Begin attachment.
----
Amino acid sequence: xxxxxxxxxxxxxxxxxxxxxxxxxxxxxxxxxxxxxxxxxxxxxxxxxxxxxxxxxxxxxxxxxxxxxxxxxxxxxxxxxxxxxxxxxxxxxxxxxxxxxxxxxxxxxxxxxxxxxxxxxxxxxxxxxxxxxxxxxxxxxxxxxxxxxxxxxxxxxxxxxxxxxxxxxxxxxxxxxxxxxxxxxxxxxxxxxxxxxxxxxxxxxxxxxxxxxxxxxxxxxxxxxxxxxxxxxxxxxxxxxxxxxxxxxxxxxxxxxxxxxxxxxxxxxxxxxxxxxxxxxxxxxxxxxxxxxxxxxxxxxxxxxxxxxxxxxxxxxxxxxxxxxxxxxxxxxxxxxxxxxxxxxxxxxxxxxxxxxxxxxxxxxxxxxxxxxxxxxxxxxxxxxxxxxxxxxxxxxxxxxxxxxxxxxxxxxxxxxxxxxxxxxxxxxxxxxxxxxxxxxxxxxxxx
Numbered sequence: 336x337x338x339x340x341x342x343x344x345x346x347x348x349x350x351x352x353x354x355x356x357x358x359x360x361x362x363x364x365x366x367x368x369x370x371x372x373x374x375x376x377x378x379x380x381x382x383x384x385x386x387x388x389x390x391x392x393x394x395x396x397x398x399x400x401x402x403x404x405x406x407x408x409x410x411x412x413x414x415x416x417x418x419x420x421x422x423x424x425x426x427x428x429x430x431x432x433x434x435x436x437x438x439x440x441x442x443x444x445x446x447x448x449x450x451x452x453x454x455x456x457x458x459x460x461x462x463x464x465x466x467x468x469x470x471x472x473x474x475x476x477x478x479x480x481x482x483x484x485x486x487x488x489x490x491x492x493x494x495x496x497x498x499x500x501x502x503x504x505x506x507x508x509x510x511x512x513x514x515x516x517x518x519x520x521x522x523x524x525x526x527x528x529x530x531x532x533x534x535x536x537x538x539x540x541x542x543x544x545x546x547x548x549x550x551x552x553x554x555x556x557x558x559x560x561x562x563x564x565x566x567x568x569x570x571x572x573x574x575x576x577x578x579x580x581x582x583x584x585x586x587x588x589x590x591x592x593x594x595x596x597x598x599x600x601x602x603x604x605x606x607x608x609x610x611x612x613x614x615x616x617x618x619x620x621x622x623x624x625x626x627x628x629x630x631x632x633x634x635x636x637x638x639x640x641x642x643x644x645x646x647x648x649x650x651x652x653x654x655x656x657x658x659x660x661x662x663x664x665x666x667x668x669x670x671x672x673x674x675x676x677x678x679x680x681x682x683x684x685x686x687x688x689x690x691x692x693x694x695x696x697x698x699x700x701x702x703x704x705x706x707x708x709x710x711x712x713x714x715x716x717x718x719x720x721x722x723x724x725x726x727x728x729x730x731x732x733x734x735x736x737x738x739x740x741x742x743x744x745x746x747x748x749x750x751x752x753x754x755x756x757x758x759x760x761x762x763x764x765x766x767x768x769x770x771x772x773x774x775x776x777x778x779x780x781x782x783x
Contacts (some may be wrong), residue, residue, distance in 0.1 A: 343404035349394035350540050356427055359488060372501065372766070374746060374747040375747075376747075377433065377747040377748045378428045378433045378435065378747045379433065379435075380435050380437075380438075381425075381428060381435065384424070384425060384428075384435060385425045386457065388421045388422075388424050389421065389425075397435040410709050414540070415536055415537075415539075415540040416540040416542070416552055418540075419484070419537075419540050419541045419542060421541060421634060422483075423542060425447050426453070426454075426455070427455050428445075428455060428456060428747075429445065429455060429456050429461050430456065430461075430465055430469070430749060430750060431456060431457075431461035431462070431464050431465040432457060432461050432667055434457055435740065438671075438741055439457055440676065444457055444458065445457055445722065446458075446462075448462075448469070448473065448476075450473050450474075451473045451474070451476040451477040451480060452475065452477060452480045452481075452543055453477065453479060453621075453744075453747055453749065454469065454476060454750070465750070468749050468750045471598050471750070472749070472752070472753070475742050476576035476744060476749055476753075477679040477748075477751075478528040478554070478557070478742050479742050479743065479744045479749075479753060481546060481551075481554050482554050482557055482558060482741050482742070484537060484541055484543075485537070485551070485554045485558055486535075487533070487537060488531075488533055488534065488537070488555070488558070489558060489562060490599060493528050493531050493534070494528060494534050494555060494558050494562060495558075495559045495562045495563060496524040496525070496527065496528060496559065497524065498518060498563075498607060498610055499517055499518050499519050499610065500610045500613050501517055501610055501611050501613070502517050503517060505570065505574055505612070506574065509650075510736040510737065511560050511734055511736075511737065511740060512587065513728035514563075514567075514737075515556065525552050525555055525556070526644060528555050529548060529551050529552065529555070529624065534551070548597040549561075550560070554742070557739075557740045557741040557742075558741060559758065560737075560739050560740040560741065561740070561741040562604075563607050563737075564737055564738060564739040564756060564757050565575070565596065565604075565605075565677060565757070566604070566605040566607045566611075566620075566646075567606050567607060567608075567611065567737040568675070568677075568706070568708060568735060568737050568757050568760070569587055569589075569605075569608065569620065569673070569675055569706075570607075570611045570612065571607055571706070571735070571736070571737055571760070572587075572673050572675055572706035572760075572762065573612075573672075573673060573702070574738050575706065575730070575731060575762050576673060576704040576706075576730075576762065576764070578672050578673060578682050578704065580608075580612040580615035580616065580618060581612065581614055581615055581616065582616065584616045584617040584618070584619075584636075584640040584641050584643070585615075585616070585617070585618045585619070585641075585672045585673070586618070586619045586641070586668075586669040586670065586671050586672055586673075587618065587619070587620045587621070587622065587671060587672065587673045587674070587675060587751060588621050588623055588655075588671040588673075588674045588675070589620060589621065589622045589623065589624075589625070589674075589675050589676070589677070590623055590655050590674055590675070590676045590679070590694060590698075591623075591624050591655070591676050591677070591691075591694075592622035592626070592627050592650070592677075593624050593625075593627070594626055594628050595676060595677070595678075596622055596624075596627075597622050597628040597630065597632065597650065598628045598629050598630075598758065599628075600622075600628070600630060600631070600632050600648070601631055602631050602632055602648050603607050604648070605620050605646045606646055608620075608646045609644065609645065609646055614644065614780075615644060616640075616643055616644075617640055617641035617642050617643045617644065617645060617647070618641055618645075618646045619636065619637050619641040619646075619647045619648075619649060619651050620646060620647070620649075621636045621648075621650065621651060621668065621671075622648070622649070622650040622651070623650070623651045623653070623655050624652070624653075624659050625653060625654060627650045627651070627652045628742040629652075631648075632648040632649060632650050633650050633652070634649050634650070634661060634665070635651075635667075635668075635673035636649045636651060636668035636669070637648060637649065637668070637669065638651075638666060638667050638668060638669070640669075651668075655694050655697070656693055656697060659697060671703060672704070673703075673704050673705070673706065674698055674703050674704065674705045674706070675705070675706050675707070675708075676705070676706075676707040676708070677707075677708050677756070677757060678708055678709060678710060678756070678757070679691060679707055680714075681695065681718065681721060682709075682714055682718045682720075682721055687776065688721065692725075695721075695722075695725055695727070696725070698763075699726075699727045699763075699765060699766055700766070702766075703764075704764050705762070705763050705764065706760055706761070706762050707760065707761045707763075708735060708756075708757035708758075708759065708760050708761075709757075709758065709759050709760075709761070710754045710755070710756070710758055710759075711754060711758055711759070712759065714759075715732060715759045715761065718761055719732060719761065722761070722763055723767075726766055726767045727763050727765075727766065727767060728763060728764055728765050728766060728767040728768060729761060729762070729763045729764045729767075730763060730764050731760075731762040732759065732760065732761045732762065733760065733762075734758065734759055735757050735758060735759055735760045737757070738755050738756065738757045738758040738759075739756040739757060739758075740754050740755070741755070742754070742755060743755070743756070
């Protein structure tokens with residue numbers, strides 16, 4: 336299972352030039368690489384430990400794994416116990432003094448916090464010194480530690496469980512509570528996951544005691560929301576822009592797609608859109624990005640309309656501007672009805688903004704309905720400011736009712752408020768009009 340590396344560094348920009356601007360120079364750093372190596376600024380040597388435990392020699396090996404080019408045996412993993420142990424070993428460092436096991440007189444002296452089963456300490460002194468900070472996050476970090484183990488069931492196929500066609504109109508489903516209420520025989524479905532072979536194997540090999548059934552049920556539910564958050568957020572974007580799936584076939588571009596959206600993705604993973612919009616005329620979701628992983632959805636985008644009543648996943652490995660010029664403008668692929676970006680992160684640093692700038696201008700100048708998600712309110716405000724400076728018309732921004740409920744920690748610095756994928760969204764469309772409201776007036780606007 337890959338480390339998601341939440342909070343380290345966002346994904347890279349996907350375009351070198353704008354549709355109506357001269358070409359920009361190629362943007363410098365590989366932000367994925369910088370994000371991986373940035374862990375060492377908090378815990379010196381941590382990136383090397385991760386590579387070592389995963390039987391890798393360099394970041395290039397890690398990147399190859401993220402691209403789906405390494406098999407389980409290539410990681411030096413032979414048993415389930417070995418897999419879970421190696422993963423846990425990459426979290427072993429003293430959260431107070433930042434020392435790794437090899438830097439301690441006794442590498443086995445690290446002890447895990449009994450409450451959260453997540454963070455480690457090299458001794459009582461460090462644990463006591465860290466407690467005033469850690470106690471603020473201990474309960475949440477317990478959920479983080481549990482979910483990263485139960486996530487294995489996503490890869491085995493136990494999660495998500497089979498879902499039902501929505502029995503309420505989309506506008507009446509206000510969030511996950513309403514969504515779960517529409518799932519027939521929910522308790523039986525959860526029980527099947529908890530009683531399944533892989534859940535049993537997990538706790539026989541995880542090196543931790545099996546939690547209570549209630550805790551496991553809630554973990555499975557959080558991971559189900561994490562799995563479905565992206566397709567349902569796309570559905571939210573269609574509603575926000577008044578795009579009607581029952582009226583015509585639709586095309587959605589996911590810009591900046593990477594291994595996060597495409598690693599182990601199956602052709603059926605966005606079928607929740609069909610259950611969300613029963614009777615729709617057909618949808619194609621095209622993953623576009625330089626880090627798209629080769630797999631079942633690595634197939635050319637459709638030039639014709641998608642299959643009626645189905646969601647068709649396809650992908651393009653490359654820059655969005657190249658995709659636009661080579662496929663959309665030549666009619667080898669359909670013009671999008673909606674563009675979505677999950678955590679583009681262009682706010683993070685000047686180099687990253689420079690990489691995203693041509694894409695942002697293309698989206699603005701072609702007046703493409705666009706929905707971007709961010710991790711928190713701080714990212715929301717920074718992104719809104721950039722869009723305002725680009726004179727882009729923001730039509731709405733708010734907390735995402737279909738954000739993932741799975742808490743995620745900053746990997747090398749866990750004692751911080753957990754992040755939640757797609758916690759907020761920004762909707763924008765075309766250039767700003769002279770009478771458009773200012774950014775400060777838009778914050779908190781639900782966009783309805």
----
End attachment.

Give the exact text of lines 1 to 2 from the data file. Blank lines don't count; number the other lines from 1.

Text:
Amino acid sequence: xxxxxxxxxxxxxxxxxxxxxxxxxxxxxxxxxxxxxxxxxxxxxxxxxxxxxxxxxxxxxxxxxxxxxxxxxxxxxxxxxxxxxxxxxxxxxxxxxxxxxxxxxxxxxxxxxxxxxxxxxxxxxxxxxxxxxxxxxxxxxxxxxxxxxxxxxxxxxxxxxxxxxxxxxxxxxxxxxxxxxxxxxxxxxxxxxxxxxxxxxxxxxxxxxxxxxxxxxxxxxxxxxxxxxxxxxxxxxxxxxxxxxxxxxxxxxxxxxxxxxxxxxxxxxxxxxxxxxxxxxxxxxxxxxxxxxxxxxxxxxxxxxxxxxxxxxxxxxxxxxxxxxxxxxxxxxxxxxxxxxxxxxxxxxxxxxxxxxxxxxxxxxxxxxxxxxxxxxxxxxxxxxxxxxxxxxxxxxxxxxxxxxxxxxxxxxxxxxxxxxxxxxxxxxxxxxxxxxxxxxxxxxxxx
Numbered sequence: 336x337x338x339x340x341x342x343x344x345x346x347x348x349x350x351x352x353x354x355x356x357x358x359x360x361x362x363x364x365x366x367x368x369x370x371x372x373x374x375x376x377x378x379x380x381x382x383x384x385x386x387x388x389x390x391x392x393x394x395x396x397x398x399x400x401x402x403x404x405x406x407x408x409x410x411x412x413x414x415x416x417x418x419x420x421x422x423x424x425x426x427x428x429x430x431x432x433x434x435x436x437x438x439x440x441x442x443x444x445x446x447x448x449x450x451x452x453x454x455x456x457x458x459x460x461x462x463x464x465x466x467x468x469x470x471x472x473x474x475x476x477x478x479x480x481x482x483x484x485x486x487x488x489x490x491x492x493x494x495x496x497x498x499x500x501x502x503x504x505x506x507x508x509x510x511x512x513x514x515x516x517x518x519x520x521x522x523x524x525x526x527x528x529x530x531x532x533x534x535x536x537x538x539x540x541x542x543x544x545x546x547x548x549x550x551x552x553x554x555x556x557x558x559x560x561x562x563x564x565x566x567x568x569x570x571x572x573x574x575x576x577x578x579x580x581x582x583x584x585x586x587x588x589x590x591x592x593x594x595x596x597x598x599x600x601x602x603x604x605x606x607x608x609x610x611x612x613x614x615x616x617x618x619x620x621x622x623x624x625x626x627x628x629x630x631x632x633x634x635x636x637x638x639x640x641x642x643x644x645x646x647x648x649x650x651x652x653x654x655x656x657x658x659x660x661x662x663x664x665x666x667x668x669x670x671x672x673x674x675x676x677x678x679x680x681x682x683x684x685x686x687x688x689x690x691x692x693x694x695x696x697x698x699x700x701x702x703x704x705x706x707x708x709x710x711x712x713x714x715x716x717x718x719x720x721x722x723x724x725x726x727x728x729x730x731x732x733x734x735x736x737x738x739x740x741x742x743x744x745x746x747x748x749x750x751x752x753x754x755x756x757x758x759x760x761x762x763x764x765x766x767x768x769x770x771x772x773x774x775x776x777x778x779x780x781x782x783x